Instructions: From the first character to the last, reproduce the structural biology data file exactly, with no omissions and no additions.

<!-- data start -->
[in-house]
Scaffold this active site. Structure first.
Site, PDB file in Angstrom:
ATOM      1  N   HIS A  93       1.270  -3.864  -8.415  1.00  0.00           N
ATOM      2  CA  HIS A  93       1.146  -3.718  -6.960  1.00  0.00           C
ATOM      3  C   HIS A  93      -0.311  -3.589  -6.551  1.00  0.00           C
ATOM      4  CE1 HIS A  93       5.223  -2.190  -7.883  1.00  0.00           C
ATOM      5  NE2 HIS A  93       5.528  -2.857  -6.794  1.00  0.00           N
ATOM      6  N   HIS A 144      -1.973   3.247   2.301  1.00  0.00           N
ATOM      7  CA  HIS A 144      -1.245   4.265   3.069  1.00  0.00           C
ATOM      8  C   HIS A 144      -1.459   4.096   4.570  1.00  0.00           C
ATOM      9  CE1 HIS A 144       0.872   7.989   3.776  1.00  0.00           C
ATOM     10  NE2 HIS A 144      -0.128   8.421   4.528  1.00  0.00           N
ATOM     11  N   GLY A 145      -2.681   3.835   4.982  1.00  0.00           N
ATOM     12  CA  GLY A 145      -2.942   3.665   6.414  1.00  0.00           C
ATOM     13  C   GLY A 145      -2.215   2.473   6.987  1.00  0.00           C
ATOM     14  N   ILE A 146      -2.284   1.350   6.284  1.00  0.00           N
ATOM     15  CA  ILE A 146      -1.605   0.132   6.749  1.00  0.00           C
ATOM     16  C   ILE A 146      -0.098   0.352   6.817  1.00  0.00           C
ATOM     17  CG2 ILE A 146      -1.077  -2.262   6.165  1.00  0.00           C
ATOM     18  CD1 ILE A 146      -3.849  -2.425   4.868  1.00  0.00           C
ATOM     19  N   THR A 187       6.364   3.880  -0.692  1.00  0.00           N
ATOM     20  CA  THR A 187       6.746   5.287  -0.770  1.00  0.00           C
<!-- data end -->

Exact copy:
[in-house]
Scaffold this active site. Structure first.
Site, PDB file in Angstrom:
ATOM      1  N   HIS A  93       1.270  -3.864  -8.415  1.00  0.00           N
ATOM      2  CA  HIS A  93       1.146  -3.718  -6.960  1.00  0.00           C
ATOM      3  C   HIS A  93      -0.311  -3.589  -6.551  1.00  0.00           C
ATOM      4  CE1 HIS A  93       5.223  -2.190  -7.883  1.00  0.00           C
ATOM      5  NE2 HIS A  93       5.528  -2.857  -6.794  1.00  0.00           N
ATOM      6  N   HIS A 144      -1.973   3.247   2.301  1.00  0.00           N
ATOM      7  CA  HIS A 144      -1.245   4.265   3.069  1.00  0.00           C
ATOM      8  C   HIS A 144      -1.459   4.096   4.570  1.00  0.00           C
ATOM      9  CE1 HIS A 144       0.872   7.989   3.776  1.00  0.00           C
ATOM     10  NE2 HIS A 144      -0.128   8.421   4.528  1.00  0.00           N
ATOM     11  N   GLY A 145      -2.681   3.835   4.982  1.00  0.00           N
ATOM     12  CA  GLY A 145      -2.942   3.665   6.414  1.00  0.00           C
ATOM     13  C   GLY A 145      -2.215   2.473   6.987  1.00  0.00           C
ATOM     14  N   ILE A 146      -2.284   1.350   6.284  1.00  0.00           N
ATOM     15  CA  ILE A 146      -1.605   0.132   6.749  1.00  0.00           C
ATOM     16  C   ILE A 146      -0.098   0.352   6.817  1.00  0.00           C
ATOM     17  CG2 ILE A 146      -1.077  -2.262   6.165  1.00  0.00           C
ATOM     18  CD1 ILE A 146      -3.849  -2.425   4.868  1.00  0.00           C
ATOM     19  N   THR A 187       6.364   3.880  -0.692  1.00  0.00           N
ATOM     20  CA  THR A 187       6.746   5.287  -0.770  1.00  0.00           C